Cyrenians appeals for help to deliver ‘Food That Goes Further’
Homelessness charity Cyrenians has launched their summer ‘Food That Goes Further’ appeal which calls on individuals to pledge regular support to their community food projects to ‘help make sure that no one goes hungry’.
A large part of the charity’s work includes its community food projects – including community pantries, offering dignified access to low-cost, high-quality food, and cooking skills classes.
Joe Gair, Cook School volunteer, said: “No one should have to go hungry. Too often, people struggling to make ends meet are told what to eat, when, and who with – often, that means people just go without. This isn’t good enough.
“Food insecurity comes as a result of living in poverty, and having to make impossible choices, like paying for food or paying your rent. It isolates you from the wider community and has a real impact on your mental and physical wellbeing.
“At our Good Food projects, anyone can come, which makes getting food as well as support so much easier. From money issues to housing, once you’ve built up a relationship with someone, it’s much easier to talk about it and find out how to get help.”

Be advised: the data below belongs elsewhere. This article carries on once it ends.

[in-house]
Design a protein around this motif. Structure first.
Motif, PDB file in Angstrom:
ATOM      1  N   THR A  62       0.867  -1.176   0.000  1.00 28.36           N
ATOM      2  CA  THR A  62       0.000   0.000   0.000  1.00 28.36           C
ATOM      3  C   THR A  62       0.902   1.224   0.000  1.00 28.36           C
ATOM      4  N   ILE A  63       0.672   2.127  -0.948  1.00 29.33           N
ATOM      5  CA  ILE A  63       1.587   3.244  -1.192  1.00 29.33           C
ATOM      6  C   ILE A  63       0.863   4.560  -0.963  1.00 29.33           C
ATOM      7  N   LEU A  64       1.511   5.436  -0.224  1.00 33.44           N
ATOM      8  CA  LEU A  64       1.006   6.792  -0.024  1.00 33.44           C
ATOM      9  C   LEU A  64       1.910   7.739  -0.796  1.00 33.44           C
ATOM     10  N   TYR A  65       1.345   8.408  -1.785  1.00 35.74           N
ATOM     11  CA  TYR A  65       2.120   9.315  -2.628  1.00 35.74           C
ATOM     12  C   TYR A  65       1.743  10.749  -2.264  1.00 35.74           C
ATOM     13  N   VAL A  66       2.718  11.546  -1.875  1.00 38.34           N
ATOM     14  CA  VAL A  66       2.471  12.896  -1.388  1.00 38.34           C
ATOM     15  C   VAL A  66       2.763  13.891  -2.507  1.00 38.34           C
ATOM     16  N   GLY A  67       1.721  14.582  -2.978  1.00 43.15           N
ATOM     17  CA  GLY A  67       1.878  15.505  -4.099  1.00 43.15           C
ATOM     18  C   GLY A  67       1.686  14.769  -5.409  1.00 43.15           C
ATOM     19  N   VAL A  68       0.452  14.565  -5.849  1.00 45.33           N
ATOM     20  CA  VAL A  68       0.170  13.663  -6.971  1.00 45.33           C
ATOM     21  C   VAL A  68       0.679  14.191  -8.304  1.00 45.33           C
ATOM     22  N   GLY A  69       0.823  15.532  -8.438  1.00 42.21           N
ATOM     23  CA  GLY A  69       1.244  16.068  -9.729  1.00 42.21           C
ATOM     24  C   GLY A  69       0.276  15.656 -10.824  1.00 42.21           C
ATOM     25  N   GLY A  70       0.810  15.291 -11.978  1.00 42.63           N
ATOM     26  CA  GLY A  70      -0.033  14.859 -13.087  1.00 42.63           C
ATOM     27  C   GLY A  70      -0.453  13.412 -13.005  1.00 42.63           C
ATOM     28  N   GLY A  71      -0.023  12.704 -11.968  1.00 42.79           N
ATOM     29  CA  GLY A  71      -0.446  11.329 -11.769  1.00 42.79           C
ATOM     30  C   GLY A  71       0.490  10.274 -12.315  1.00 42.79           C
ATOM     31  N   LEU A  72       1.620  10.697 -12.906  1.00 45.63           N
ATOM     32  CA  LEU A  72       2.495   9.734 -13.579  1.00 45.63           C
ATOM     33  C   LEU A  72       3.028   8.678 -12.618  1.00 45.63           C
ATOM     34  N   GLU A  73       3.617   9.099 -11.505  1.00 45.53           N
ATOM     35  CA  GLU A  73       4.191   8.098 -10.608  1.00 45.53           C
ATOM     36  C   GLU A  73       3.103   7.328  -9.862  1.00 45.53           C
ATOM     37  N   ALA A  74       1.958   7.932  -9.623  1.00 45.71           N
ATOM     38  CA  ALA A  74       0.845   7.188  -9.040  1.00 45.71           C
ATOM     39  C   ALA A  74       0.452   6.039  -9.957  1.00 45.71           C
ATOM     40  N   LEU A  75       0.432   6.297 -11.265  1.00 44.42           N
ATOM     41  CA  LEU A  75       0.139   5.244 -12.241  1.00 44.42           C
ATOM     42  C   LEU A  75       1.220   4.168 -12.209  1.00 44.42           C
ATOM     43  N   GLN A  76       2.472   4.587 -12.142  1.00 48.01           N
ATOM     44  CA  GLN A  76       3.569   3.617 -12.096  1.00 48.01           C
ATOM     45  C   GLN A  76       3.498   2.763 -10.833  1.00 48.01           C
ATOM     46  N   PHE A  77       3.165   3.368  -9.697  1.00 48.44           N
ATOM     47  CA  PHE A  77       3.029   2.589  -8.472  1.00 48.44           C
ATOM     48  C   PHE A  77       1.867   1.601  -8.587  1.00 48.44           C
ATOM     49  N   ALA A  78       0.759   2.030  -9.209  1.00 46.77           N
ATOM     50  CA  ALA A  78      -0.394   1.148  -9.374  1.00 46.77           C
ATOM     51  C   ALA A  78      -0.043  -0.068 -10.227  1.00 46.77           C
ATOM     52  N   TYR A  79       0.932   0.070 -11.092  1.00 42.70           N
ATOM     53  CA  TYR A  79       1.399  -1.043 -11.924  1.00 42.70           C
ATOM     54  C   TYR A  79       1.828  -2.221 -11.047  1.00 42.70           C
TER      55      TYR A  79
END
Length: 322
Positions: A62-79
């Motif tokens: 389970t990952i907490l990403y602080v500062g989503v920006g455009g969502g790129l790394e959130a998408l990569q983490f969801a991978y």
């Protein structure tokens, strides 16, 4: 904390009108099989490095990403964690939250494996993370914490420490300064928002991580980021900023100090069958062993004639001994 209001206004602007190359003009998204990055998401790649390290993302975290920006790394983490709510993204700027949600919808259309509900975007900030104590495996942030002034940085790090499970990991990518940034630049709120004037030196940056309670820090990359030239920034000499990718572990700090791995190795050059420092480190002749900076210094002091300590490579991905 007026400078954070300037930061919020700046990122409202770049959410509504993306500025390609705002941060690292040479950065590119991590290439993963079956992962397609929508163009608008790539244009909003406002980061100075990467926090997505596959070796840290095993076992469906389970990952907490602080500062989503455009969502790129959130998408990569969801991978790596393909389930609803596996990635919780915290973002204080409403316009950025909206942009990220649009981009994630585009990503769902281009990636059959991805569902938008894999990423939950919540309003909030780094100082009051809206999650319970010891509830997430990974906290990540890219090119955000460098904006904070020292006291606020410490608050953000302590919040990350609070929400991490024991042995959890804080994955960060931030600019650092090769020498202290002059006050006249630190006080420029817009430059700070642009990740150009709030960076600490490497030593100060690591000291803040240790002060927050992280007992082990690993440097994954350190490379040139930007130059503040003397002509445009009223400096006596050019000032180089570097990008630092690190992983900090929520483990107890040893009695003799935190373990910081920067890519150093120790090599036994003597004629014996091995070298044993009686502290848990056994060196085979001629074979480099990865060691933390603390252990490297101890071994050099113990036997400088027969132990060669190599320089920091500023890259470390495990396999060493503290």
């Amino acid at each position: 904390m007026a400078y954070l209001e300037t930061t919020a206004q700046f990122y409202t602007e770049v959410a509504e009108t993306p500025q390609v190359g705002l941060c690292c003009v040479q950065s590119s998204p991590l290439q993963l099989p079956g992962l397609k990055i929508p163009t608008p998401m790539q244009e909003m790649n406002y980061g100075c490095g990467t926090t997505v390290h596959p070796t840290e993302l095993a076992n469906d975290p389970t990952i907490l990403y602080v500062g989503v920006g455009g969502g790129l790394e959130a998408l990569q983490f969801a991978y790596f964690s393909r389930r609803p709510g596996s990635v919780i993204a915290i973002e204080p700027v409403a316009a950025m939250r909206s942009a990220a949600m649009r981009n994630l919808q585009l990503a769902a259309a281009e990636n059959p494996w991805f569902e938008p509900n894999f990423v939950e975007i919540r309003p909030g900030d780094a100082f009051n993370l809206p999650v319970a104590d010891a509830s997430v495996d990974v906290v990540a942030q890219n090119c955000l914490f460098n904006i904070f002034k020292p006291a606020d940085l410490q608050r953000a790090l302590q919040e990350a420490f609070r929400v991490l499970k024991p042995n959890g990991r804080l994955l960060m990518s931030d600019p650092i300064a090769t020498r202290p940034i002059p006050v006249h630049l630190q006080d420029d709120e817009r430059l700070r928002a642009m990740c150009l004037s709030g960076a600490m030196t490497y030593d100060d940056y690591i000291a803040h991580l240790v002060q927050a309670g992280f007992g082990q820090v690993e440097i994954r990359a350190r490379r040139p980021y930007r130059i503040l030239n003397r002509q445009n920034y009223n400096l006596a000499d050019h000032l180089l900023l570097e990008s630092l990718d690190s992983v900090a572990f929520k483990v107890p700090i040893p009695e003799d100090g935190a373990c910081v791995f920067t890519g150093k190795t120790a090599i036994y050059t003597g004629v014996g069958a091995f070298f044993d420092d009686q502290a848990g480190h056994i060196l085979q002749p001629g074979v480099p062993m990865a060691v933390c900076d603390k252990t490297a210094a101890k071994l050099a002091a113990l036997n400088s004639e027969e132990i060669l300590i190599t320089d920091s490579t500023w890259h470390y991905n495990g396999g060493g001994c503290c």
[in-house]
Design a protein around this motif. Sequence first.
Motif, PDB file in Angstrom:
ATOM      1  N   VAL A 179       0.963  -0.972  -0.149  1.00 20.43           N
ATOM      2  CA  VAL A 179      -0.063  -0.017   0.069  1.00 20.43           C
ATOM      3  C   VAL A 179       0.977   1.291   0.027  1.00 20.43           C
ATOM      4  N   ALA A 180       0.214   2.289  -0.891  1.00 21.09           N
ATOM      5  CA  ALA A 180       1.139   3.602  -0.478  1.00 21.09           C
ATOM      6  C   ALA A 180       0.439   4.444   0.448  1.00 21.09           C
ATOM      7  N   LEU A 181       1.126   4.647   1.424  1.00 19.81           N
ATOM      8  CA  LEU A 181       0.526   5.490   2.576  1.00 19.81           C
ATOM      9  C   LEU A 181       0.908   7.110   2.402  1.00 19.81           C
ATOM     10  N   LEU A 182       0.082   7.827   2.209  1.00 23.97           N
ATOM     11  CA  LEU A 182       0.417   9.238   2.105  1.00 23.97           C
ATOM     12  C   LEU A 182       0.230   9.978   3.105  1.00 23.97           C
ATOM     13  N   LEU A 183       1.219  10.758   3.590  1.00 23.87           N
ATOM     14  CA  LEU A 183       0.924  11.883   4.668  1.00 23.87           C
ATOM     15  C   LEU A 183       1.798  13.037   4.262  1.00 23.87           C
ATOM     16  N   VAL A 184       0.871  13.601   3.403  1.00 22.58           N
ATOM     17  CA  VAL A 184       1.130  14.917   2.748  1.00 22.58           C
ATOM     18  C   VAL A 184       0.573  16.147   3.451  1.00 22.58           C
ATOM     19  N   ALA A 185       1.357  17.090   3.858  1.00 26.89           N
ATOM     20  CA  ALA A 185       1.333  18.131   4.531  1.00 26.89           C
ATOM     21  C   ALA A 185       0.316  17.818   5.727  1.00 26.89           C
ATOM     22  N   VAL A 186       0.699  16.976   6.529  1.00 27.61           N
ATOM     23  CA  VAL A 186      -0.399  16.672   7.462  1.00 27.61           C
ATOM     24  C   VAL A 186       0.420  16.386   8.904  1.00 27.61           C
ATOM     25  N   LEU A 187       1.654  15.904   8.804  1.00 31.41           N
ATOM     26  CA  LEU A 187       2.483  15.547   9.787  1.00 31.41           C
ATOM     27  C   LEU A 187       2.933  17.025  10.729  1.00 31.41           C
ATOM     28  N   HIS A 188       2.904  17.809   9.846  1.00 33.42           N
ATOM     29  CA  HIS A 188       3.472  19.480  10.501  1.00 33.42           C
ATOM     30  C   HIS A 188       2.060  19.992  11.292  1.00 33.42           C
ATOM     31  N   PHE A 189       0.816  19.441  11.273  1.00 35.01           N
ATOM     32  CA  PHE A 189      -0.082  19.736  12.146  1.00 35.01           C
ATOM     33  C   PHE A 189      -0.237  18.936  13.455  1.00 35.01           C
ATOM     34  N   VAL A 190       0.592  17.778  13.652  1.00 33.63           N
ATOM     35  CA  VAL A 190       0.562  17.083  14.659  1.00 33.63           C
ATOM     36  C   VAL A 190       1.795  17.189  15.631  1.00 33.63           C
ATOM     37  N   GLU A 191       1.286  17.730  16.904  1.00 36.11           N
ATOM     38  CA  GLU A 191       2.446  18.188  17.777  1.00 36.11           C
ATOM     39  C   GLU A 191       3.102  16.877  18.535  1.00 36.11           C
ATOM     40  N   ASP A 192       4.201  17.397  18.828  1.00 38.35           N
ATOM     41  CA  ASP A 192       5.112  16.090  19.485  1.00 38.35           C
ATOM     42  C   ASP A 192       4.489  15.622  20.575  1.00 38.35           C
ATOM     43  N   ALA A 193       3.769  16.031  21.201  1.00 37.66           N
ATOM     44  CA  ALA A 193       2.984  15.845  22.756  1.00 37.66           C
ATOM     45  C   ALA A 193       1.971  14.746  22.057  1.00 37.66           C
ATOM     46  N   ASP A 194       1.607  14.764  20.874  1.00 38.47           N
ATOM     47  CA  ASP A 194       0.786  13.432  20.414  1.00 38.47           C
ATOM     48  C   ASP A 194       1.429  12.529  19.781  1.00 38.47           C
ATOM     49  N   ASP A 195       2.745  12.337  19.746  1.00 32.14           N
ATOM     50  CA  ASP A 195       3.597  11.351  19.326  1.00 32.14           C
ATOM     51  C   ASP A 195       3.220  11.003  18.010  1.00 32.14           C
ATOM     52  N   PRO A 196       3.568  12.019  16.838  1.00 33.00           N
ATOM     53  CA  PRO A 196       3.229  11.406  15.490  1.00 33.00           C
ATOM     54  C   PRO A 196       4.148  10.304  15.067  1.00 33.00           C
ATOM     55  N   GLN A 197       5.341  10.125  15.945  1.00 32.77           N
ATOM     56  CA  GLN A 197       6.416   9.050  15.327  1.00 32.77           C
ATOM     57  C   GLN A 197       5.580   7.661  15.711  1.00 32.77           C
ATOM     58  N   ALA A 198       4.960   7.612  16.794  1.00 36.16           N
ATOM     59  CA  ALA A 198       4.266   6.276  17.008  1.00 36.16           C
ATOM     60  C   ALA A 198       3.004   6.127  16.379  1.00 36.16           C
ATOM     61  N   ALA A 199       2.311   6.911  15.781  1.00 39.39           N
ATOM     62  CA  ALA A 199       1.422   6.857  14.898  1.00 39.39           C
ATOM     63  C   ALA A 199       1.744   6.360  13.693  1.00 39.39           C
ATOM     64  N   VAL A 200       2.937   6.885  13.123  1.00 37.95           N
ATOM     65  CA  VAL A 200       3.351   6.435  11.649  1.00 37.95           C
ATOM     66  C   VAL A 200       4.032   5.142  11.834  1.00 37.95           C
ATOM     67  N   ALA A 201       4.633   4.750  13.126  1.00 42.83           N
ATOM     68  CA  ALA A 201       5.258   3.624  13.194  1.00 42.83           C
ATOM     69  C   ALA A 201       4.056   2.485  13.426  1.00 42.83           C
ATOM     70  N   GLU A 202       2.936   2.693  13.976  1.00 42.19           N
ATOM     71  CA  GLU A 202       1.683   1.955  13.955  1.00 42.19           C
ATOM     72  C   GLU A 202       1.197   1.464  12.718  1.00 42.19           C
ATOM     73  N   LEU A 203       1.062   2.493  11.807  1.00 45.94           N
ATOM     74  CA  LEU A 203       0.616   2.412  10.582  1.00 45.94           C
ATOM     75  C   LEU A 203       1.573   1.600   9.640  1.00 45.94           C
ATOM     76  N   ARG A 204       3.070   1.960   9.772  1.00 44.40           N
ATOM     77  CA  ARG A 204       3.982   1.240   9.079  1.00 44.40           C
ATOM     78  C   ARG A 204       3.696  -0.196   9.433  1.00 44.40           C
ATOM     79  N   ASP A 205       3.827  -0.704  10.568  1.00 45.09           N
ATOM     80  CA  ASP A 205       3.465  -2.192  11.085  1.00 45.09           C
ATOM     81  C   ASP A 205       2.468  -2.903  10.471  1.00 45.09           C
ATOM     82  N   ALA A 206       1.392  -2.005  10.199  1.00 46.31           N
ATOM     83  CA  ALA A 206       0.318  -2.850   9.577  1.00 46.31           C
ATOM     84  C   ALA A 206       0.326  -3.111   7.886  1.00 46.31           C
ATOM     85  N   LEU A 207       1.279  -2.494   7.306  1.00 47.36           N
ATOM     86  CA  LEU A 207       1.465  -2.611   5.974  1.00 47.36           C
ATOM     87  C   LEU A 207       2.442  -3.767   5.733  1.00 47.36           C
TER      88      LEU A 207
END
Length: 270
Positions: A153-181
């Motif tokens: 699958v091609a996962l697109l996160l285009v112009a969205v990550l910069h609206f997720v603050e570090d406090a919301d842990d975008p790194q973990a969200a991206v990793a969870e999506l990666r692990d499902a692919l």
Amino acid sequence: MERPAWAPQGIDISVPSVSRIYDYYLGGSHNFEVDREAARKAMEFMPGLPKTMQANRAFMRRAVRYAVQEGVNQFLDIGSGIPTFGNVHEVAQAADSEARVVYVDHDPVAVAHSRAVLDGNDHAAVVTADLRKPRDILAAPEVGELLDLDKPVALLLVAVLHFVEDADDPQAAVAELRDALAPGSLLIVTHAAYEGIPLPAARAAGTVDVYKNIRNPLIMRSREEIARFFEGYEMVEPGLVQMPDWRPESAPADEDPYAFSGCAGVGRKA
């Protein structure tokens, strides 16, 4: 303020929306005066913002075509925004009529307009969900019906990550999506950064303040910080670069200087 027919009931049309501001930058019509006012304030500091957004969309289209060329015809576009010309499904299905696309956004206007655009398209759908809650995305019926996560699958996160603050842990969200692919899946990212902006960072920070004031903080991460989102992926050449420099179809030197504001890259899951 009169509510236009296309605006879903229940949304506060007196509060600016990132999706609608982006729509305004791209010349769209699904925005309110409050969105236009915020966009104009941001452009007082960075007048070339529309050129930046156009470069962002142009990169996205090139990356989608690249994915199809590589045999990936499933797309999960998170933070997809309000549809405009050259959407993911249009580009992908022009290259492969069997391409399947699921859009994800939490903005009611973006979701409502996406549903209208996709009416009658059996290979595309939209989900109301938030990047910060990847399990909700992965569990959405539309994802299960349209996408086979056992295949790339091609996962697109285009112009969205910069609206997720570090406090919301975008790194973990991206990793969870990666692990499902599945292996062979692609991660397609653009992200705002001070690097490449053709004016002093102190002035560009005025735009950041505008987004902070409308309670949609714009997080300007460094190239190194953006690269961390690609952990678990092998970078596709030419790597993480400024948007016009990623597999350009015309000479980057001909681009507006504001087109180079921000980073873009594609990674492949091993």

Cyrenians’ food projects include a diverse range of social enterprises – from Cyrenians Farm in Kirknewton, and Arnotdale House and Café in Falkirk, to their Community Cook School and Fareshare depot in Leith. Providing value to local communities, and creating employment and training opportunities, the profits raised from these projects are then reinvested back into Cyrenians’ work tackling homelessness.
Sue O’Neill-Berest, food education manager, added: “Communities cannot be held responsible for food insecurity in Scotland, but community food projects are well-placed to respond to crises, and to promote dignity at a local level. That’s why our food projects make sure that people can access low-cost, high quality food, and with dignity: open to all, and where people are able to choose what they eat, and when.”
Ewan Aitken CEO said: “At Cyrenians, we know that the social connections that are creating around making and sharing meals can be just as important as the meals themselves. Building strong community relationships and making sure people can get support they need way before they reach crisis point is a key part of our work tackling homelessness.
“In addition to that, we’re creating employment and job opportunities for communities, and helping to increase the availability of good food to local communities – working with local businesses and producers to create sustainable food networks that are good for people and good for the planet.
“Our community food projects are needed more than ever. We need to build on these projects – but we can’t do that alone. If you can, please support our #FoodThatGoesFurther appeal and help make sure that no one goes hungry.”